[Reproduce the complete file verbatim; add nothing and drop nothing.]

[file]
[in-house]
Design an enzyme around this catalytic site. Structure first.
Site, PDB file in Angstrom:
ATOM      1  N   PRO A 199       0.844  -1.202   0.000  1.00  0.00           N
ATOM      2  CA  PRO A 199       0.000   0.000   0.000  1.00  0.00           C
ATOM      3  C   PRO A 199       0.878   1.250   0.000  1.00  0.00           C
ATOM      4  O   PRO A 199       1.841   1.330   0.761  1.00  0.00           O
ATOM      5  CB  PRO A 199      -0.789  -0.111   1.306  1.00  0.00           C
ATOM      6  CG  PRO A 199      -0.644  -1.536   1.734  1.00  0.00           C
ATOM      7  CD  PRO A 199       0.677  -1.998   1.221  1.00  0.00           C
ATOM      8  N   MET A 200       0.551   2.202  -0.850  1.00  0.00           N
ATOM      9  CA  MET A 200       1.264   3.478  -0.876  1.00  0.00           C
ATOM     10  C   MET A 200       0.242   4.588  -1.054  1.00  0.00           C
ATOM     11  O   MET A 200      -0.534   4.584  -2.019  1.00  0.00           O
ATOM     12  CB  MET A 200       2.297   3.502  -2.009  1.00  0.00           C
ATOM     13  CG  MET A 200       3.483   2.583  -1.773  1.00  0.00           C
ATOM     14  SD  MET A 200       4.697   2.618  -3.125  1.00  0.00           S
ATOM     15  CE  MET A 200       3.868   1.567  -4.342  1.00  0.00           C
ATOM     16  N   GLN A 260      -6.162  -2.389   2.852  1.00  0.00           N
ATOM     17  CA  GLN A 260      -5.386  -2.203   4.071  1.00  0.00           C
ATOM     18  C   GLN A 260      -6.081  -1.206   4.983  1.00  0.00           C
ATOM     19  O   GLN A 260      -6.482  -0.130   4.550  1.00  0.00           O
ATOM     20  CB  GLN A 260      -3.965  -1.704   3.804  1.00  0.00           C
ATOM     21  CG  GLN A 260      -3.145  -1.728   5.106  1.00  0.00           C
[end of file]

[in-house]
Design an enzyme around this catalytic site. Structure first.
Site, PDB file in Angstrom:
ATOM      1  N   PRO A 199       0.844  -1.202   0.000  1.00  0.00           N
ATOM      2  CA  PRO A 199       0.000   0.000   0.000  1.00  0.00           C
ATOM      3  C   PRO A 199       0.878   1.250   0.000  1.00  0.00           C
ATOM      4  O   PRO A 199       1.841   1.330   0.761  1.00  0.00           O
ATOM      5  CB  PRO A 199      -0.789  -0.111   1.306  1.00  0.00           C
ATOM      6  CG  PRO A 199      -0.644  -1.536   1.734  1.00  0.00           C
ATOM      7  CD  PRO A 199       0.677  -1.998   1.221  1.00  0.00           C
ATOM      8  N   MET A 200       0.551   2.202  -0.850  1.00  0.00           N
ATOM      9  CA  MET A 200       1.264   3.478  -0.876  1.00  0.00           C
ATOM     10  C   MET A 200       0.242   4.588  -1.054  1.00  0.00           C
ATOM     11  O   MET A 200      -0.534   4.584  -2.019  1.00  0.00           O
ATOM     12  CB  MET A 200       2.297   3.502  -2.009  1.00  0.00           C
ATOM     13  CG  MET A 200       3.483   2.583  -1.773  1.00  0.00           C
ATOM     14  SD  MET A 200       4.697   2.618  -3.125  1.00  0.00           S
ATOM     15  CE  MET A 200       3.868   1.567  -4.342  1.00  0.00           C
ATOM     16  N   GLN A 260      -6.162  -2.389   2.852  1.00  0.00           N
ATOM     17  CA  GLN A 260      -5.386  -2.203   4.071  1.00  0.00           C
ATOM     18  C   GLN A 260      -6.081  -1.206   4.983  1.00  0.00           C
ATOM     19  O   GLN A 260      -6.482  -0.130   4.550  1.00  0.00           O
ATOM     20  CB  GLN A 260      -3.965  -1.704   3.804  1.00  0.00           C
ATOM     21  CG  GLN A 260      -3.145  -1.728   5.106  1.00  0.00           C